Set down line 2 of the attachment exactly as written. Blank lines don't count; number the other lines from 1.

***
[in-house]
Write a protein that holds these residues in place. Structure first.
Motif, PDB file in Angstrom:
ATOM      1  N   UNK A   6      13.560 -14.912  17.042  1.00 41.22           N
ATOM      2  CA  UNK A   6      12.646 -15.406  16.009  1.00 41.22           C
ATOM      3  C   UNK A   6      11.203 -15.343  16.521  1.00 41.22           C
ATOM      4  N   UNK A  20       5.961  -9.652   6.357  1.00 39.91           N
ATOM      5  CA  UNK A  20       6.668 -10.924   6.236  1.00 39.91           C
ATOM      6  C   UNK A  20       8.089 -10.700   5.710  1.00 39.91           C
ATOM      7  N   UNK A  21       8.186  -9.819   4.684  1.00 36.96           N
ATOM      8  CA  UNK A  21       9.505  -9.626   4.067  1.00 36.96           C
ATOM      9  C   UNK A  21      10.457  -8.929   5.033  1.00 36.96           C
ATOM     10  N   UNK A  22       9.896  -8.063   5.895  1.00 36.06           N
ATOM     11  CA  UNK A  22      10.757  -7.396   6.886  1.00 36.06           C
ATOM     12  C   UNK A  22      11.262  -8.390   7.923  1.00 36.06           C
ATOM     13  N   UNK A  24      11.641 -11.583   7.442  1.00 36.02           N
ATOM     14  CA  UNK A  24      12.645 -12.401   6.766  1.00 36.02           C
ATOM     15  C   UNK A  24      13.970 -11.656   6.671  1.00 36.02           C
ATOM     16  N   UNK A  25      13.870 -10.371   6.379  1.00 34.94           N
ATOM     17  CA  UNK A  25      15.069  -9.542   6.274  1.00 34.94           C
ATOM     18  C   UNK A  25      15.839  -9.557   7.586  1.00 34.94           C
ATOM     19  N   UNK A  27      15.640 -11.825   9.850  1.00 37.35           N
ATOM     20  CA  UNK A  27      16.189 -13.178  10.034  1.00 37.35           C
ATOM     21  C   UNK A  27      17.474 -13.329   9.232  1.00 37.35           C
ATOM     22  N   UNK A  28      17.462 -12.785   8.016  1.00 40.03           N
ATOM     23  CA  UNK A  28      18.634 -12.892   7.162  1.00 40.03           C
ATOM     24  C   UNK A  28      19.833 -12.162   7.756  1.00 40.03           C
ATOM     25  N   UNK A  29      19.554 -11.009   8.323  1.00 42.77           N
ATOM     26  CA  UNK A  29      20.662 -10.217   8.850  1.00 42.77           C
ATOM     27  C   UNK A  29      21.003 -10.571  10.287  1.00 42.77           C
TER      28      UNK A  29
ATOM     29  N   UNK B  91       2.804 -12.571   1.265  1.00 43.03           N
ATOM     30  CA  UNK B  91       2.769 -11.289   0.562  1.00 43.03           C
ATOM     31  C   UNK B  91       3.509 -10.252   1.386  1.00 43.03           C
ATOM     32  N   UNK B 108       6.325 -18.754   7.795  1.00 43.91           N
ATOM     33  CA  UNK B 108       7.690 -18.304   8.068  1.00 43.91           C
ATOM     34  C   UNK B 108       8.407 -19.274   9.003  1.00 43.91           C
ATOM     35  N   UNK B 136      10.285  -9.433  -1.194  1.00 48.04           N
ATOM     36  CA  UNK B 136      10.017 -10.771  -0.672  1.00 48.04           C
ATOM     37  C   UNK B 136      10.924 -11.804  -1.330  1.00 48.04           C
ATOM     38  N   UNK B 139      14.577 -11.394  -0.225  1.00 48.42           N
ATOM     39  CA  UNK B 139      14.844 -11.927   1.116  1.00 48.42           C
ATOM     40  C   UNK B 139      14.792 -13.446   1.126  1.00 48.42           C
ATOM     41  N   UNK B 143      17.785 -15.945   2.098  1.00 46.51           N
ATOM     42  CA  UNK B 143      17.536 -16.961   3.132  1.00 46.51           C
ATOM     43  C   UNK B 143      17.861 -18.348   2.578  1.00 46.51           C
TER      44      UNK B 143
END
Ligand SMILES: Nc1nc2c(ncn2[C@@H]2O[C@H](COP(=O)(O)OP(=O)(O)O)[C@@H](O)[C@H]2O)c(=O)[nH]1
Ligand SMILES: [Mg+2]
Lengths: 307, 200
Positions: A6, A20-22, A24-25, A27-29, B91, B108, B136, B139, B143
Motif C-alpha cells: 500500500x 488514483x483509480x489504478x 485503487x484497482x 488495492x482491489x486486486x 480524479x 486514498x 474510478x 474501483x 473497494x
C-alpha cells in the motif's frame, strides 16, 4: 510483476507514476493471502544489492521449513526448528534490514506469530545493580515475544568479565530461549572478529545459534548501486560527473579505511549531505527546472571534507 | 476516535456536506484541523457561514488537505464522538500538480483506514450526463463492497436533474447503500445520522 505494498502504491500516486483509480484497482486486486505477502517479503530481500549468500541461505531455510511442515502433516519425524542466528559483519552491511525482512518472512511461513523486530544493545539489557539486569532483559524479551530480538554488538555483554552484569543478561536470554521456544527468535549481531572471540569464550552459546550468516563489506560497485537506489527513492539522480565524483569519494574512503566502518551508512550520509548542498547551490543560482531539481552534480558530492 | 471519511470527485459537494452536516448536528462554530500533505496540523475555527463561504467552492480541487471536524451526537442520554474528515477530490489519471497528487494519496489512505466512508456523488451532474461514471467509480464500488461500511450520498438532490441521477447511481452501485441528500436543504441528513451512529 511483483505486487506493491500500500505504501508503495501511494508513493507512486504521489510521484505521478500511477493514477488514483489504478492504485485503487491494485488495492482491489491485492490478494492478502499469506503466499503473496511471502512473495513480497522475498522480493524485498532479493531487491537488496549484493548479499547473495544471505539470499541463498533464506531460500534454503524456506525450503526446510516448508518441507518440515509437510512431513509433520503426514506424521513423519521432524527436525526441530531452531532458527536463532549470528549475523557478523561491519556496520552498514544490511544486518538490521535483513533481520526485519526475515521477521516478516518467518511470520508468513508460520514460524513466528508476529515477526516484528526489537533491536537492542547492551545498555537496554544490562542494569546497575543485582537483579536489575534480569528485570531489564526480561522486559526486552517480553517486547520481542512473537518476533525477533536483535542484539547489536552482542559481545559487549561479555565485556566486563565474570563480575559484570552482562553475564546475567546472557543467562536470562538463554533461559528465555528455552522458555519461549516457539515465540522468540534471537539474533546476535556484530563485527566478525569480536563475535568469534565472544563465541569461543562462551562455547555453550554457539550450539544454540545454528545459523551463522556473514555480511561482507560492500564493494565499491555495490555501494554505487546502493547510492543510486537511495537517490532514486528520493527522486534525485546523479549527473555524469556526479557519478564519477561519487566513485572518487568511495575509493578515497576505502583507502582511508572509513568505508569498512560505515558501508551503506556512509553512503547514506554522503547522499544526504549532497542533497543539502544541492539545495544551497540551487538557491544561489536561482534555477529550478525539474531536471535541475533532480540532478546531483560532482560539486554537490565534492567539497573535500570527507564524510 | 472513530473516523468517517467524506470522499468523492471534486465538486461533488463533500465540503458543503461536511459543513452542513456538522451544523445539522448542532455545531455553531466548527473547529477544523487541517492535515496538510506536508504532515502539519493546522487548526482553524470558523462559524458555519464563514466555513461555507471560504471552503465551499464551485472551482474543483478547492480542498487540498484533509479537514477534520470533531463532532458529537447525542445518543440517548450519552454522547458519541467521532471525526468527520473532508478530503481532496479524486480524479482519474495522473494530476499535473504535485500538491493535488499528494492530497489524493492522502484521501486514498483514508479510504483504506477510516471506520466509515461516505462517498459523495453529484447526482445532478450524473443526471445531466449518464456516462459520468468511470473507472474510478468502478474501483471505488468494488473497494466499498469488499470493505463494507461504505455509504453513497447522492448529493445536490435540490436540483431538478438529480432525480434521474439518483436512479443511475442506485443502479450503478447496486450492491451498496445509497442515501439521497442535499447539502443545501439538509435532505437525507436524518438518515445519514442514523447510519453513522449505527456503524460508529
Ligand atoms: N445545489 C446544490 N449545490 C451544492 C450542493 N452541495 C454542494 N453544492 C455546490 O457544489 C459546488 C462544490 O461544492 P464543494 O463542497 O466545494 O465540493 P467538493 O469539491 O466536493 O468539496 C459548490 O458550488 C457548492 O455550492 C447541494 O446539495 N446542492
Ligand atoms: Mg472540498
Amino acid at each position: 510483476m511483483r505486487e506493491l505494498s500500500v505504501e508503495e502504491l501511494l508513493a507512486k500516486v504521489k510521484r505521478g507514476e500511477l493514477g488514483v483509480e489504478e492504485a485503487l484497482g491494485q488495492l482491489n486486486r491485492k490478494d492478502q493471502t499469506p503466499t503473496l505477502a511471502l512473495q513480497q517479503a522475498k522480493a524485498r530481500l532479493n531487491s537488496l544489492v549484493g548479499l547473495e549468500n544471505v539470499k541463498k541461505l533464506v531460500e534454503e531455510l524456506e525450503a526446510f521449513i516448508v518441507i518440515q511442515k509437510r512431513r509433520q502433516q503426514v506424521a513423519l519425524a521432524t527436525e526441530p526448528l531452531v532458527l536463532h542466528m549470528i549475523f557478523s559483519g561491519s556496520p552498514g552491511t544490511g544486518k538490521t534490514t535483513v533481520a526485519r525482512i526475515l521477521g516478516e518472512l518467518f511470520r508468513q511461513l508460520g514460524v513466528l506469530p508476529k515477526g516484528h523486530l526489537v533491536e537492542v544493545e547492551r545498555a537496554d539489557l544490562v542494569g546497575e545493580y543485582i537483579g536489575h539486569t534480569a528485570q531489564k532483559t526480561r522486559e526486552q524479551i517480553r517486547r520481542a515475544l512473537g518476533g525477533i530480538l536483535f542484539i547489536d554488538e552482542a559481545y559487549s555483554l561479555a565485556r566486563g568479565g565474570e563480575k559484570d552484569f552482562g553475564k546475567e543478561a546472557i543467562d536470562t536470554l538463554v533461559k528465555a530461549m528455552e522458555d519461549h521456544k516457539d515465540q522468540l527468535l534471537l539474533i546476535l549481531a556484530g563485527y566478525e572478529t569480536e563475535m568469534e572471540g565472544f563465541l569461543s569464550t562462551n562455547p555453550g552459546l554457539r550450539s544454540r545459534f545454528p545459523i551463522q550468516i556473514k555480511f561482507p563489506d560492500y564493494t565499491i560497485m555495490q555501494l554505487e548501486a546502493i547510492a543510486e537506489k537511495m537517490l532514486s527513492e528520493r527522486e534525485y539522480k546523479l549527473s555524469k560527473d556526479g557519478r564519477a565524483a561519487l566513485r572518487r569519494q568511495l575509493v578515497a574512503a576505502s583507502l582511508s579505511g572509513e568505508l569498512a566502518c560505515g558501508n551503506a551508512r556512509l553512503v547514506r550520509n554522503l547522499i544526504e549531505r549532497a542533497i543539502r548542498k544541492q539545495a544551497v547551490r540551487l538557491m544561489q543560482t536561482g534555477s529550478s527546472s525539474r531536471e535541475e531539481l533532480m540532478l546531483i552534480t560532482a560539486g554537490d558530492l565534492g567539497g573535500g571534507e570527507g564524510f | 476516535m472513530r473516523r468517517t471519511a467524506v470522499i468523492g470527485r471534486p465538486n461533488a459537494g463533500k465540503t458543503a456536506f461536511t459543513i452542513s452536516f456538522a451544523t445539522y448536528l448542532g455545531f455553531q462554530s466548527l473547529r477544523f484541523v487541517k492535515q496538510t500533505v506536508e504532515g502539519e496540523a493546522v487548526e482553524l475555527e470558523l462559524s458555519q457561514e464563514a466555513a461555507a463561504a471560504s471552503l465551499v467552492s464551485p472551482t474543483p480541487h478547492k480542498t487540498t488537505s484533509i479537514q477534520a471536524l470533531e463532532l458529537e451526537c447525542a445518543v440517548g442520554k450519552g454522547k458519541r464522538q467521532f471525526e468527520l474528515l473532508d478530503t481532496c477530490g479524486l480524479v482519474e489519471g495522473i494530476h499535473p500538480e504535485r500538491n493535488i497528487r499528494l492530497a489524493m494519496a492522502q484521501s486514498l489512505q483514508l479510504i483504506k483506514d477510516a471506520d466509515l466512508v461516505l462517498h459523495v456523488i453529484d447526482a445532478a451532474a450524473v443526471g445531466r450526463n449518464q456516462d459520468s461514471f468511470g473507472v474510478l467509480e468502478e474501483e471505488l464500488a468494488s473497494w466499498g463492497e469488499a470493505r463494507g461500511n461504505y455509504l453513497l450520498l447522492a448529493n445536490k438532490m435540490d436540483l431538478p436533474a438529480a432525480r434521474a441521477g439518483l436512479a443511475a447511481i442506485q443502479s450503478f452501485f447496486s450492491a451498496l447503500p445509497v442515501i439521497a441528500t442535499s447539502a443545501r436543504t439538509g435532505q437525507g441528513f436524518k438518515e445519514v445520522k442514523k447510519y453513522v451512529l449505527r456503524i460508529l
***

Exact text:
Write a protein that holds these residues in place. Structure first.